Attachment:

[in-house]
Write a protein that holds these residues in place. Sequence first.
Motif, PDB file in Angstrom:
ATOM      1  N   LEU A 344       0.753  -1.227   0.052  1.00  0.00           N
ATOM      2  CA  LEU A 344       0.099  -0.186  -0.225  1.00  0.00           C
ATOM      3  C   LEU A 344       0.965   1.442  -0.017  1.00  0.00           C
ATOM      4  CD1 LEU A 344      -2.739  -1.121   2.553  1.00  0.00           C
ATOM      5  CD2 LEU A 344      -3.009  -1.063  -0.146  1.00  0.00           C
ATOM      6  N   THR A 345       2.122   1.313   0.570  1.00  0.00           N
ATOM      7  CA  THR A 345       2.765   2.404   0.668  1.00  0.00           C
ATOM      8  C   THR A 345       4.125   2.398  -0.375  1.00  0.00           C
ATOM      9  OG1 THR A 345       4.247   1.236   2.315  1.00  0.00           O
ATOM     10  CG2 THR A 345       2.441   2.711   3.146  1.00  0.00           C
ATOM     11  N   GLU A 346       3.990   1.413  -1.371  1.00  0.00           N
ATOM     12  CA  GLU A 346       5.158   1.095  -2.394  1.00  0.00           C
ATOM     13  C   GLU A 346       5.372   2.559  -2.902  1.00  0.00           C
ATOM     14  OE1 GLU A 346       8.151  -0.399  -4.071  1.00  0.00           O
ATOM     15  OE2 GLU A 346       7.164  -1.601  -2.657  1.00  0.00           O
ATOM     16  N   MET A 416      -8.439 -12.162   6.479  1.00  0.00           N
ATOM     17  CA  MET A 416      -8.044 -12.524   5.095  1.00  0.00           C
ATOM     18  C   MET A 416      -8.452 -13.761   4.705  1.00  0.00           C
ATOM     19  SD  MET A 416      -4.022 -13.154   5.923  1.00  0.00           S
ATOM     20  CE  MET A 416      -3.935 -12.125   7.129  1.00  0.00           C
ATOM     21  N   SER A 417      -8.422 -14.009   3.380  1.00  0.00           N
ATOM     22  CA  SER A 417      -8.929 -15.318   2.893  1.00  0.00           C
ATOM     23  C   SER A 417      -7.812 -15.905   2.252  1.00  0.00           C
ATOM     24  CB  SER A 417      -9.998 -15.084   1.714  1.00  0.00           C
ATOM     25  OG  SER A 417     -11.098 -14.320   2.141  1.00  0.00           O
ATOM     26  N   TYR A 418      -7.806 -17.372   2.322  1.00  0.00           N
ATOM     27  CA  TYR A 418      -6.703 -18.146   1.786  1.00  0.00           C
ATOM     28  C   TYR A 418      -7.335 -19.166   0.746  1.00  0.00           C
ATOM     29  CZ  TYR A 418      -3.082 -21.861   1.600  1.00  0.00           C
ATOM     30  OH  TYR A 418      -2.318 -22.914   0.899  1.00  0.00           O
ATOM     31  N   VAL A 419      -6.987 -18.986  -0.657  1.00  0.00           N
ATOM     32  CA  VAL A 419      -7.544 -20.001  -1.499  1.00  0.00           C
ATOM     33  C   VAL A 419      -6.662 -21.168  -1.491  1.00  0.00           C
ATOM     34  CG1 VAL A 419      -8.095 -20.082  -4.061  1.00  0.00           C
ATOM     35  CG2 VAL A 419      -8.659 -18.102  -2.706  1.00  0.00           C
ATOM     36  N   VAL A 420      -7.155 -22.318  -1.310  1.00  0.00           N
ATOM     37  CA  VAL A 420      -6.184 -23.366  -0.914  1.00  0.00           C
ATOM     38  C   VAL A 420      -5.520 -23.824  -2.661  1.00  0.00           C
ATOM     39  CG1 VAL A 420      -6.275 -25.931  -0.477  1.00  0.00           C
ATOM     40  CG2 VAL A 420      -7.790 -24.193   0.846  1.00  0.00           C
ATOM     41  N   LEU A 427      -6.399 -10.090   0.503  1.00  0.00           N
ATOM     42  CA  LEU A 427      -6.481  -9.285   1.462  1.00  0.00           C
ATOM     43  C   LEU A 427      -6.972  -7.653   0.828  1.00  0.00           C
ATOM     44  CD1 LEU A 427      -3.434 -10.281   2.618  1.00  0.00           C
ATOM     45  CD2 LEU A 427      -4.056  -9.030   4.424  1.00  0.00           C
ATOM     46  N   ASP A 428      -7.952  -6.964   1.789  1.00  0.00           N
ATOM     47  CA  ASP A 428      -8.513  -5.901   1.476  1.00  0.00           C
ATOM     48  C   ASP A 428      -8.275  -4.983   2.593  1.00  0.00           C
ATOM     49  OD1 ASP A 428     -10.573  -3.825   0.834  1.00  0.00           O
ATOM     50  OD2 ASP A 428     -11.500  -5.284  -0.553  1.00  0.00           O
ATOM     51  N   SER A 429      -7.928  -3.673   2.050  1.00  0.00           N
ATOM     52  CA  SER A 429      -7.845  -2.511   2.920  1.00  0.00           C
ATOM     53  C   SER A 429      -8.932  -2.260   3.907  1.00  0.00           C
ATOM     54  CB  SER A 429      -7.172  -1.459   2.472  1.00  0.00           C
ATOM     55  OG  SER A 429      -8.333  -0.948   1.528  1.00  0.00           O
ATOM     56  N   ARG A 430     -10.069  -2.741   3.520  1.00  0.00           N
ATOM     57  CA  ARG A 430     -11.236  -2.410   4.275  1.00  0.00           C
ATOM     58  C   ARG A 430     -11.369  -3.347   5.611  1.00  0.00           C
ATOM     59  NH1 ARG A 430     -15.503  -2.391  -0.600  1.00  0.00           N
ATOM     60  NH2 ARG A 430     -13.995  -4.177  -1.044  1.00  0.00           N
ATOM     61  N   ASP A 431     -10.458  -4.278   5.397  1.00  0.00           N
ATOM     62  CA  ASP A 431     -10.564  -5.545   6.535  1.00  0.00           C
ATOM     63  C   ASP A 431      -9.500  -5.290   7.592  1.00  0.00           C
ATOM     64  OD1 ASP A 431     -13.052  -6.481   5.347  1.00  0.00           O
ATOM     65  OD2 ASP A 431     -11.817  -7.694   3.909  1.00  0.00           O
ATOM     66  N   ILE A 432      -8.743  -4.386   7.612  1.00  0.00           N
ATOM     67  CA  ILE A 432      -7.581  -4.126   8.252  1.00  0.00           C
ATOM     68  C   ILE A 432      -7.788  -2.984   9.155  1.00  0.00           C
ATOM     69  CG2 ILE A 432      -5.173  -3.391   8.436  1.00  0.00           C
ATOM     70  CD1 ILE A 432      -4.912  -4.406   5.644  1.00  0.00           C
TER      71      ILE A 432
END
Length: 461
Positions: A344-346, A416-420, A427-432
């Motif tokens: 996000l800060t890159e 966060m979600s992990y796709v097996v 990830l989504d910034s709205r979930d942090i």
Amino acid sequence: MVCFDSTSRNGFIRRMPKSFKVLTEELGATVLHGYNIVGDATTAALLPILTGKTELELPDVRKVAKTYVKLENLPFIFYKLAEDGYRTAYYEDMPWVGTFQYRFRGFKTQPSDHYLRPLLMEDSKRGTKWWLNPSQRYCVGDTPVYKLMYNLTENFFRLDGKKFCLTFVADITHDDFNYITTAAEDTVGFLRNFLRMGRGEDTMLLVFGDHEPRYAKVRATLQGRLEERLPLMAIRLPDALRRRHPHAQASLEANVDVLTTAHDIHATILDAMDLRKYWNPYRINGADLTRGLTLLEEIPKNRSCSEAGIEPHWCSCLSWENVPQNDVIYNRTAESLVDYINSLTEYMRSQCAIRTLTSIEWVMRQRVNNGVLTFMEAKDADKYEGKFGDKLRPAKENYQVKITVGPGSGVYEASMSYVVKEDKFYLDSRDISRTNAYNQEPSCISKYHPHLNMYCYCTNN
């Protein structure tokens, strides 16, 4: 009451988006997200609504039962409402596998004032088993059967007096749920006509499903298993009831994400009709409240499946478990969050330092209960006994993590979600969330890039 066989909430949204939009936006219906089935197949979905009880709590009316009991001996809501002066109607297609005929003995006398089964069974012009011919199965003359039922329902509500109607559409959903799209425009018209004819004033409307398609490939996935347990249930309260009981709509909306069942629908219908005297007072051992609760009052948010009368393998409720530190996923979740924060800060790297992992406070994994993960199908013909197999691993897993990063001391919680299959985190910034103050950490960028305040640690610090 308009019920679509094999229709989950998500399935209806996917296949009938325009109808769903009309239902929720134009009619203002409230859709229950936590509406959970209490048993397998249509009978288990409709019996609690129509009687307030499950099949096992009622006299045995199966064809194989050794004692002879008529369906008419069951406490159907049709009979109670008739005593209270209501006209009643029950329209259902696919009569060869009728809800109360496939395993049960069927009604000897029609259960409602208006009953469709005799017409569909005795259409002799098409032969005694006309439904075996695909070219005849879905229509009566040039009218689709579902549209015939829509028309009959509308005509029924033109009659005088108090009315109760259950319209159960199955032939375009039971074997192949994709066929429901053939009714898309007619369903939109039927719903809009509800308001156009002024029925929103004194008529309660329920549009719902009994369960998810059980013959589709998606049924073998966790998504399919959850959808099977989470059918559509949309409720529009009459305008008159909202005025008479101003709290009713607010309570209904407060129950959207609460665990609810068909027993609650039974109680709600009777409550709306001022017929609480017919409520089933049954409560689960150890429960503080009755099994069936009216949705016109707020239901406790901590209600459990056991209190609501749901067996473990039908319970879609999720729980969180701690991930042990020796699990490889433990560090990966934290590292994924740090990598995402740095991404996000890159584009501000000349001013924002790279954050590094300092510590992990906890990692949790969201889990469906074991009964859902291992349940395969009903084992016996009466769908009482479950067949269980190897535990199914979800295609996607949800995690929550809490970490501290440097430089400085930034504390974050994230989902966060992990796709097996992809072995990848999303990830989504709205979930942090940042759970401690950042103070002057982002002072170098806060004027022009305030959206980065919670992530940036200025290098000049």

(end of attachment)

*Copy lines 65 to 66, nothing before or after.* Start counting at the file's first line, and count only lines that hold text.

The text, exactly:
ATOM     62  CA  ASP A 431     -10.564  -5.545   6.535  1.00  0.00           C
ATOM     63  C   ASP A 431      -9.500  -5.290   7.592  1.00  0.00           C